This case study is about understanding disruptive students who are motivated by a psychological need to invoke change in a learning space. Marczewski’s User Types Test, a typol- ogy for classifying both intrinsic and extrinsic motivational tendencies, and based on Self-Determination Theory, was ad- ministered to 14 participants, aged 9 through 15, to determine their User Type profile; one participant emerged as a Disrup- tor. The semiotic signs created by the Disruptor in an online learning platform were collected and analyzed to determine the unique behaviour patterns of a Disruptor, in contrast with Marczewski’s other User Types, including Philanthropist, Achiever, Socializer, Free Spirit, and Explorer. Implications for online instructors include understanding why Disruptors interrupt, interrogate, and intimidate, and possible strategies for responding, including nudging toward positive disruption, designing for Disruptors, and acknowledging and celebrating disruption in cases where it may facilitate (and not hinder) learning.

JOLR Article Notice – (Dis-)engagement in Learning as a Reality of COVID-19 Pandemic: Lessons Learned

The fourth article in this issue.

Remember that JOLR is an open access journal, so follow the link below to access this article.

(Dis-)engagement in Learning as a Reality of COVID-19 Pandemic: Lessons Learned

Aleksandra Hollingshead, Kalley Malone, Allen Kitchel, University of Idaho, United States

Abstract

The COVID-19 pandemic necessitated teachers and stu- dents to adopt and adapt to online learning (OL) in a mat- ter of days. The unfortunate school closure situation placed researchers in a remarkable position. This survey-based de- scriptive study investigated the experiences of teachers in the United States, including an analysis that factors in teachers’ existing knowledge of Universal Design for Learning (UDL). Specifically, this study focused on student and teachers (dis-) engagement in learning during the pandemic teaching by ex- amining teachers’ instructional challenges and teachers’ ob- servations of student barriers to learning, and changes that occurred within these areas between spring 2020 and fall 2020. The findings, combining descriptive quantitative and qualitative data, present similarities and differences in teach- ers’ and students’ observed experiences depending on the level of training in Universal Design for Learning prior to the pandemic. The discussion offers implications for future areas of research in engaging OL.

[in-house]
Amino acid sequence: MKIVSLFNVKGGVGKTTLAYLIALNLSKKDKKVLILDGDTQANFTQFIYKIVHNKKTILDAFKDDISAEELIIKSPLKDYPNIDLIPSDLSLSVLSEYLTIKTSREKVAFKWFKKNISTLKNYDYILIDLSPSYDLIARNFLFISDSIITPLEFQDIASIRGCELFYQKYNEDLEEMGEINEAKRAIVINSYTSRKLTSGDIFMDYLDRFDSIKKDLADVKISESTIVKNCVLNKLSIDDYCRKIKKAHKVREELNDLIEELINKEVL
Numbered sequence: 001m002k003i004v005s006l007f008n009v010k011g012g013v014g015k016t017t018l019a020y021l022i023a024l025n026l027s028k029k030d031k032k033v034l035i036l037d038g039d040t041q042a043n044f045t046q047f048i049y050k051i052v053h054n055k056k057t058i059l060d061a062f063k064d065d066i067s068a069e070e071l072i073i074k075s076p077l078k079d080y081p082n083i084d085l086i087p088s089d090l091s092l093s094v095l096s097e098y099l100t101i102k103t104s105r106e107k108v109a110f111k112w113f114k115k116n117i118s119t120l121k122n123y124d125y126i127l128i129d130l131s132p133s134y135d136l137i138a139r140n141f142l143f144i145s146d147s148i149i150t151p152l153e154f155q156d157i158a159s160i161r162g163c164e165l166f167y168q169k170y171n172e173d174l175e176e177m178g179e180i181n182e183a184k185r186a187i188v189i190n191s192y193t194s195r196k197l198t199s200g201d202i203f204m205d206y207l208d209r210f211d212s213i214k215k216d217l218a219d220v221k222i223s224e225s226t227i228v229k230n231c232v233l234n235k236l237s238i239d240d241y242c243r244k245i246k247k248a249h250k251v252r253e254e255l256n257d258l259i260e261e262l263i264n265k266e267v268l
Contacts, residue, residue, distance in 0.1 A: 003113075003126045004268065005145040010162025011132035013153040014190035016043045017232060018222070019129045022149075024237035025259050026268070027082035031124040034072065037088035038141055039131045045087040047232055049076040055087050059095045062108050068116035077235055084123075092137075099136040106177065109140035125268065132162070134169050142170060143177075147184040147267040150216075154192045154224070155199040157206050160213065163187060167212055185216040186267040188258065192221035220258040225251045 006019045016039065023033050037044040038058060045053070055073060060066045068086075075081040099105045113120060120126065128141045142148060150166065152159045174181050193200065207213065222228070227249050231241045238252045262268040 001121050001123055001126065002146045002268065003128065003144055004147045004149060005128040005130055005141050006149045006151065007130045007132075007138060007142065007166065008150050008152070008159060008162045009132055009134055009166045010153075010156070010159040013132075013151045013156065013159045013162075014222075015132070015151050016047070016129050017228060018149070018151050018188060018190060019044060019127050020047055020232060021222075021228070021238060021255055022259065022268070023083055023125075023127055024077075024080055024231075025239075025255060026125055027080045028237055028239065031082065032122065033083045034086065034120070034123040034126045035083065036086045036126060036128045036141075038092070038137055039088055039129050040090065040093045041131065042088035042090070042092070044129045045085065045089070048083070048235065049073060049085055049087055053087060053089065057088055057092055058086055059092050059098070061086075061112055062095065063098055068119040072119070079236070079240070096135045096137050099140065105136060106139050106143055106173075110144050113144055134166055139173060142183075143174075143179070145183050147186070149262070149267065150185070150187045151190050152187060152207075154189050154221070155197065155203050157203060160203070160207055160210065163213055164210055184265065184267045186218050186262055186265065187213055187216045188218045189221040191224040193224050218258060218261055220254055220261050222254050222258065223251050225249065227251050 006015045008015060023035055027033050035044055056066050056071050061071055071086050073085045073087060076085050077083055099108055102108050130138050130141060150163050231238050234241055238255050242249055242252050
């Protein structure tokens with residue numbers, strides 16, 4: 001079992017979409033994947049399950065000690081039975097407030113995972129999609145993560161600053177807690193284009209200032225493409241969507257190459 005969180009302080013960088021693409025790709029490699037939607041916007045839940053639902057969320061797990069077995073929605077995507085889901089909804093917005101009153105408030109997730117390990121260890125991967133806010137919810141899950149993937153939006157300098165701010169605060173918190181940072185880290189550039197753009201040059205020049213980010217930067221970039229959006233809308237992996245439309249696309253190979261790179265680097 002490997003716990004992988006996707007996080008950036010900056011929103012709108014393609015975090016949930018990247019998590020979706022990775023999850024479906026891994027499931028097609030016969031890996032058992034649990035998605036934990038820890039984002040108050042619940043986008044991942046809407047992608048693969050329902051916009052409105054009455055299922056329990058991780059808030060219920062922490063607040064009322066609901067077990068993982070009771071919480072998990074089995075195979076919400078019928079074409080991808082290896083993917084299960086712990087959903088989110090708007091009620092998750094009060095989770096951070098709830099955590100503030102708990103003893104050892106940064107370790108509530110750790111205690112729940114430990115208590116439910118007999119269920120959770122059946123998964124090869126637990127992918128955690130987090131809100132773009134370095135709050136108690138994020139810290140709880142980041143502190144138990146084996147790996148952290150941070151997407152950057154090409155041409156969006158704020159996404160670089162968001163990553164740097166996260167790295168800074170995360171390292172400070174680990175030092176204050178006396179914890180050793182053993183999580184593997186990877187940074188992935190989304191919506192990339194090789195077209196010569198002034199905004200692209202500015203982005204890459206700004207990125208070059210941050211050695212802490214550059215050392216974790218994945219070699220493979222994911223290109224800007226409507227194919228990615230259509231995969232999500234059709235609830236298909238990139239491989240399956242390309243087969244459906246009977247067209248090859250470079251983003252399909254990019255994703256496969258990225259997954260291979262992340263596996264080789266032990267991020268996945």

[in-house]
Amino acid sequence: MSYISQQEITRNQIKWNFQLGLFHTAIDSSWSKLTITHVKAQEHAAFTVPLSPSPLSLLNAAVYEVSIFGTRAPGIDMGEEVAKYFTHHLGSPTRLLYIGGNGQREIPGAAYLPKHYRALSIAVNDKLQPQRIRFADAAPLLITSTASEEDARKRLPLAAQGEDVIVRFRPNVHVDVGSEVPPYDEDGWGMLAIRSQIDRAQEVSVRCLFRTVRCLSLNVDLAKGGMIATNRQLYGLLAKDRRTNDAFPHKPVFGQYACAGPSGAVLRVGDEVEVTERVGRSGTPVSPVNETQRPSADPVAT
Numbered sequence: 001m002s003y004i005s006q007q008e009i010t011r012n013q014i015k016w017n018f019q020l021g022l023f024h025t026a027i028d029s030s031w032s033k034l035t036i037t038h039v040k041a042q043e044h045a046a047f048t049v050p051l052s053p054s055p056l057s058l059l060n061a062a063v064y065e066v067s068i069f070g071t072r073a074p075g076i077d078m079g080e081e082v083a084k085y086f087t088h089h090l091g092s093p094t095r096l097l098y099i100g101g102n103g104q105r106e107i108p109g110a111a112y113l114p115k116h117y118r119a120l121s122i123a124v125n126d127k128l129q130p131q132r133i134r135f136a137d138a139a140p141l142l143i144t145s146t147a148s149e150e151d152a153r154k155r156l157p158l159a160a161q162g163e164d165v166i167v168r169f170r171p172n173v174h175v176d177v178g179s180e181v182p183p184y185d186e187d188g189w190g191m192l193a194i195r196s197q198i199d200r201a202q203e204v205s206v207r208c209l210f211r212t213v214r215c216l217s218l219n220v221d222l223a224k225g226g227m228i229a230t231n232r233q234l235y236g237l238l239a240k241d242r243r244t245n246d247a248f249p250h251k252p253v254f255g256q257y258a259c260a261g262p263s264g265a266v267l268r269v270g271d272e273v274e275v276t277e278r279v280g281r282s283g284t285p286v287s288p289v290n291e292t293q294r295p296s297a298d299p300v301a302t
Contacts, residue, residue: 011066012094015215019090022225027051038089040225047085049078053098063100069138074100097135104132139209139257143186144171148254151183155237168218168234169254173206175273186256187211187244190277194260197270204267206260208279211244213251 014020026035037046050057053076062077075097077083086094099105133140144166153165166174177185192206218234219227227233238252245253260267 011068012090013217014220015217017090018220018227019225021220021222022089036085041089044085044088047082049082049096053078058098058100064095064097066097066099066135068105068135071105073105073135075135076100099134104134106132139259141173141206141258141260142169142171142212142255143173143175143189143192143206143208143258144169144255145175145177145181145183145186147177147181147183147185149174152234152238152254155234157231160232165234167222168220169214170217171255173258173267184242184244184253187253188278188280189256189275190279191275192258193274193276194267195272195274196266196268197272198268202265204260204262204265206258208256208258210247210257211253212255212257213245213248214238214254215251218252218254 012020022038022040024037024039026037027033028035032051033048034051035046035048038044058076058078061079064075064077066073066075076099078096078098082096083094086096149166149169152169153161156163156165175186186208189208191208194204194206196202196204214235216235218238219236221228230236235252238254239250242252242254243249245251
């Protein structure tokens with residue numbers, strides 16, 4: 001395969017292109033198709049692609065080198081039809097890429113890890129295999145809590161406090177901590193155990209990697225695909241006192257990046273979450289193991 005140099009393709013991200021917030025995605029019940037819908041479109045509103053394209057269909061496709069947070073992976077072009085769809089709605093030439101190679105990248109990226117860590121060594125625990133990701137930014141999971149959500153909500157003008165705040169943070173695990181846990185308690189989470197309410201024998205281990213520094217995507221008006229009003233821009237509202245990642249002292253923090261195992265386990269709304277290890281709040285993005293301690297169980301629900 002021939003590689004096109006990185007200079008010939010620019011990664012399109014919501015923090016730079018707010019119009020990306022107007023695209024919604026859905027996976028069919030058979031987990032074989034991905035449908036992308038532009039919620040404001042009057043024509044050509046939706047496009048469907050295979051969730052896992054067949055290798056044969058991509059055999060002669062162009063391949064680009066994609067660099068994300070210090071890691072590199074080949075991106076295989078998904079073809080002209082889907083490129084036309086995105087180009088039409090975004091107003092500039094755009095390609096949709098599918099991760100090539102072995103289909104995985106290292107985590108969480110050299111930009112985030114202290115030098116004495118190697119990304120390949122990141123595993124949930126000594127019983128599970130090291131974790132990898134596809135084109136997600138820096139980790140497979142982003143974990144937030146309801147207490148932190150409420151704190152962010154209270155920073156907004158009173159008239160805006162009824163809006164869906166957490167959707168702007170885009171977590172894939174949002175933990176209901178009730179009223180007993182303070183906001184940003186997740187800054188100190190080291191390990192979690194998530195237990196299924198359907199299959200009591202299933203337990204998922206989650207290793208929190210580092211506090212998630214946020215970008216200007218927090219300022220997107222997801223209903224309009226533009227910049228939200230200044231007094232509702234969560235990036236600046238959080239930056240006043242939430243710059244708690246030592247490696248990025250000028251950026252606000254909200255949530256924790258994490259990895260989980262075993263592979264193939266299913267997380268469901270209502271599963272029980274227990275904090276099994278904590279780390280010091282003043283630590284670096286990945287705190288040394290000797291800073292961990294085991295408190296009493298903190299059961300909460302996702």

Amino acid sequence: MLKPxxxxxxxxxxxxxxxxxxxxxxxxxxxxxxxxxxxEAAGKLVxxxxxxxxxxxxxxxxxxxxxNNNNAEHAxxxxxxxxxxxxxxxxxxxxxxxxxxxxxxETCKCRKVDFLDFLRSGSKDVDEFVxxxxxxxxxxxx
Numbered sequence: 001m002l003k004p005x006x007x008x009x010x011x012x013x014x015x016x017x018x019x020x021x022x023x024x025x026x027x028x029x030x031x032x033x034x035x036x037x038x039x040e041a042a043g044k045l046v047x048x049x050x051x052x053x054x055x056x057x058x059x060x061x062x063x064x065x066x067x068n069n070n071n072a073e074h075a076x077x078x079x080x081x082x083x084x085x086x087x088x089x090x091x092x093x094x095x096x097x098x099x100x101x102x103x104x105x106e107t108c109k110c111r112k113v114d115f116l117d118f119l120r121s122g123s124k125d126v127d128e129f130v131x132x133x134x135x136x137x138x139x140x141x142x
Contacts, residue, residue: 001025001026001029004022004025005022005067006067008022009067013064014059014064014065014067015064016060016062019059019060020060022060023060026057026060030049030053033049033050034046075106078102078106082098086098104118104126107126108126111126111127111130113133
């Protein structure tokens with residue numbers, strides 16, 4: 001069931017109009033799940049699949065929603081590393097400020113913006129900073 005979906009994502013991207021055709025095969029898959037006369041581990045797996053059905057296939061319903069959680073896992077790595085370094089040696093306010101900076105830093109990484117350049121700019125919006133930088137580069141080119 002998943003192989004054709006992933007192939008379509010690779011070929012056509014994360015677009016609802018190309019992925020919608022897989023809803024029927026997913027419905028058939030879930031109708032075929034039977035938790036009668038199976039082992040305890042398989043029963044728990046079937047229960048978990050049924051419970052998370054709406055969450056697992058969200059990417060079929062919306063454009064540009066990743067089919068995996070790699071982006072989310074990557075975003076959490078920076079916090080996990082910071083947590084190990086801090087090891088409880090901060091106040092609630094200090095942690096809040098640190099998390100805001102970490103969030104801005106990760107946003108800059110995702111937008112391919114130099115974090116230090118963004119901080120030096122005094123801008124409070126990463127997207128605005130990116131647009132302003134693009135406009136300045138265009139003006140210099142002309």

JOLR Article Notice – Social Engagement in Distance-, Remote-, and Hybrid Learning

The third article in this issue.

Remember that JOLR is an open access journal, so follow the link below to access this article.

Social Engagement in Distance-, Remote-, and Hybrid Learning

Nina Bergdahl, Halmstad University, Sweden ; Lauri Hietajärvi, University of Helsinki, Finland

Abstract

A growing interest has been directed toward including a fourth dimension in the engagement construct: the social di- mension. The aim of this study is twofold: first, to explore how teachers talk about the social dimension of student en- gagement in online learning, and second, to explore the pos- sibilities of using computational methods for interview data analysis. A longitudinal intervention (interview-diary-inter- view) was conducted with teachers who actively teach on- line classes in hybrid, remote, and distance modes of deliv- ery. Natural language processing methods, more specifically topic modelling, were used to extract and analyse topics dis- cussed in the data. Analysis of topic overlap and distinctions were made. Key results reveal that co-creation and shared cognition are core concepts when teachers talk about social engagement. However, results also show that individual en- gagement is critical for social engagement, and that teacher- student interaction can, potentially, be viewed as a separate component. Interestingly, the teachers’ talk also reflected phases in learning such as process and product-based focuses. Following the results, we suggest that computational methods can be combined with traditional (human) analysis to contrib- ute to a richer and more nuanced understanding of abstract topics. Understanding social engagement may inform theory development and is vital for researchers, practitioners, and decision-makers.